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Thursday, 31 December 2009

Top Ten Animated Shorts: No's 1 & 2

And now to my top two films of the year. Deciding between the two has been an impossible task because they are so very different. One is so emotional, the other uplifting. Perhaps it is our grim UK winter that draws me to the latter......
No 2: Kunio Katô: La Maison en Petits Cubes . The Japanese director was awarded the Academy Award for his intensely moving film about a man marooned in a flooded world, stoically rebuilding his house above the rising waters before revisiting the layers it was built upon. In doing so he remembers his family as they too proceed through life. The old man smoking his pipe in a reducing room, donning his diving gear, setting a table for two will linger in your memory in a film that is distinctive in style.


No.1: Emanuel Luzatti, Luigi Berio and Stefano Cabrera: Genova Sinfonia della Città might seem a strange choice to top this year's list of favourite films. It is a commissioned film extolling the virtues of Genoa as a tourist destination. The late Emanuel Luzzatti's gorgeous paintings celebrate the city's rich history to a glorious soundtrack from Stefano Cabrera. Director Luigi Berio uses a traditional cutout technique. I was effulgent when first reviewing this 2005 film. So simply revel in the pageantry, the exuberance and glorious sense of history. A feast of a movie, it lacks the narrative drive of Kunio's work but more than makes up in gorgeous spectacle. What animation is all about.

There are a number of other awards I should make before the year ends:

Best Movie for Children:











Yoann Lemoine: The Balloon - what happens to discarded balloons

Big Studio Production






Doug Sweetland: Presto (Pixar) - big studios make magic as of old

Best Music Video





Yuval and Merav Nathan: Her Morning Elegance - stunning stop motion photography, design, actress, song and would have made top ten

Best Classic Animation









Jack Kinney: Der Fuehrer's Face - fight Hitler by making him look funny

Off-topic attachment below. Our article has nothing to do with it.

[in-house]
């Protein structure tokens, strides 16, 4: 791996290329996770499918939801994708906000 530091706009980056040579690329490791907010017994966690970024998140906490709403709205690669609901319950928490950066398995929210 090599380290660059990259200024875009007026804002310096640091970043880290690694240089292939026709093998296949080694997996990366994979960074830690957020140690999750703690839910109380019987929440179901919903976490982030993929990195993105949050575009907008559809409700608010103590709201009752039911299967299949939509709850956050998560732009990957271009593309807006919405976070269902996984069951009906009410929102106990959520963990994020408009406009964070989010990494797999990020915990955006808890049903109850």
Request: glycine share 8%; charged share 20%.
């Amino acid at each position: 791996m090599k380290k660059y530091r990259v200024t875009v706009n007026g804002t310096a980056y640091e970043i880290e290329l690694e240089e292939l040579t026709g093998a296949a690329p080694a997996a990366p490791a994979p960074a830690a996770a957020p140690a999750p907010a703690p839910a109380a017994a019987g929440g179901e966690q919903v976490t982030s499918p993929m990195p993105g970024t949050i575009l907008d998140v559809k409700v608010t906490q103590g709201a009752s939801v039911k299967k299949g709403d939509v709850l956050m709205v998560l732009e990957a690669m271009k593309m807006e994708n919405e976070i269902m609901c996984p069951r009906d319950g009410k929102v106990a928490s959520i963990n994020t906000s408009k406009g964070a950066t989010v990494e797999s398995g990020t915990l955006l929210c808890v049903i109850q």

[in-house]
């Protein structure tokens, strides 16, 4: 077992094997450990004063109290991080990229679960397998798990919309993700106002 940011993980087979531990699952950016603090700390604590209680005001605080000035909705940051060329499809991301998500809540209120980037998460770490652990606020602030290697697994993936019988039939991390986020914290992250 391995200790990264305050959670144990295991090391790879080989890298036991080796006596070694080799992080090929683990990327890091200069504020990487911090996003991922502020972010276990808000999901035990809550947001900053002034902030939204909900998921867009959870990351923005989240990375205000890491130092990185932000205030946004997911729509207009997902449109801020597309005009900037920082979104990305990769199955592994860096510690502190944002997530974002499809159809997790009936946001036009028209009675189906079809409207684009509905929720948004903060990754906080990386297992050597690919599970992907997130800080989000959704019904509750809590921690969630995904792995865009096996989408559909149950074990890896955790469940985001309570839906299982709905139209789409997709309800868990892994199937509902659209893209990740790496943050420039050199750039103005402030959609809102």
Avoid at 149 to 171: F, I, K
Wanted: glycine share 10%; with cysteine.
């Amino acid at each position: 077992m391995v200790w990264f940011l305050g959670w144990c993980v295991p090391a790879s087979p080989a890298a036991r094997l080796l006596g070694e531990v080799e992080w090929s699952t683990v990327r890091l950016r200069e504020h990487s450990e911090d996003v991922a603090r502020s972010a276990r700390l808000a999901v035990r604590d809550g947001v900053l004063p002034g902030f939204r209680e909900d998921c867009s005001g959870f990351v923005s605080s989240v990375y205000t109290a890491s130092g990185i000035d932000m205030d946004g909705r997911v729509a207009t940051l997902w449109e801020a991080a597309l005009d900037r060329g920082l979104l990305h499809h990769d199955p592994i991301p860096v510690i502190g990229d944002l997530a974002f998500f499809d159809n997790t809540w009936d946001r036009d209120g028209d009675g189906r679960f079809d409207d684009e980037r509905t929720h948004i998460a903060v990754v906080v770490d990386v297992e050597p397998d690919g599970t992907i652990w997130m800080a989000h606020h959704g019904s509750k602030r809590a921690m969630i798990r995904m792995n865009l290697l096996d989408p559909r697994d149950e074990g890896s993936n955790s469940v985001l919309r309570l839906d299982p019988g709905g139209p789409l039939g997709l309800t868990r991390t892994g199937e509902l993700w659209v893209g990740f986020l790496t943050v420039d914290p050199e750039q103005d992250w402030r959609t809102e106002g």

Favourite Ad






Psyops: UPS Store - corrugated epics not made from card

  • François-Xavier Goby and Matthieu Landour (Nexus): All Together Now - countries pulling together for the Olympic spirit

For Technical Excellence






Tyson Ibele: Hemlock - 3D realism but he's not real

Enjoy your New Year!

Wednesday, 30 December 2009

Top Ten Animated Shorts: No's 3, 4, 5 & 6

Continuing my favourite films featured here in 2009 .....










No 6:

Jake Armstrong: The Terrible Thing of Alpha-9! is a student film made in Flash which will not please everyone, I realise. But here Flash is used so well, as if a comic book were being animated. The science fiction story, liberally laced with humour (and a kind of pathos) is well scripted, the action meticulously staged, full of interesting angles and perspectives. The narrative is enthralling. One has to see if this terrible alien is as terrible as reports make out. It is terribly funny.









No 5:

Rodrigo Blaas: Alma delighted from the first with the young boy making his way towards the strange toyshop like a moth to the light. In all its 3D majesty the dolls come alive, vibrant with colour and personality, their eyes expressing so much with barely a flutter. To escape is akin to bashing one's head, or bike, against the closed shop door. A compelling chiller for Christmas with just the faintest of icy finger tickling my spine. A splendid movie.

No 4:

Frédéric Back: Tout-Rien should not be compared to, say, the work of Jake Armstrong. He is talented young man commencing the business of animation. Back is one of the greats. Of course, the Animation Blog features an eclectic range of animators at different stages in their careers and this top ten reflects that diversity. In the hands of a master the movie savages the fur trade in a manner that is all the more telling being that the savagery is so elegantly drawn. From paradise to slaughterhouse, the theme is of man's fall from grace.

No 3:

Joanna Quinn: Dreams and Desires: Family Ties is as unlike the previous short as can be imagined. Joanna, or rather her character Beryl, does not do elegant, dressed up to the eyeballs until the alcohol and an incontinent dog wreck her career in films. I know of no-one in the industry who manages the hilarious so well. Sketched with a sureness of touch that catches every nuance of working class life here in the UK at least, Joanna's portraiture is warm and affectionate, never critical. Beryl ........ a force of nature.


Tomorrow my top movie of the year and runner up. Also several special category winners.

Tuesday, 29 December 2009

Top Ten Animated Shorts: No's 9, 8 & 7

Continuing my favourite films featured here this year...

No 9: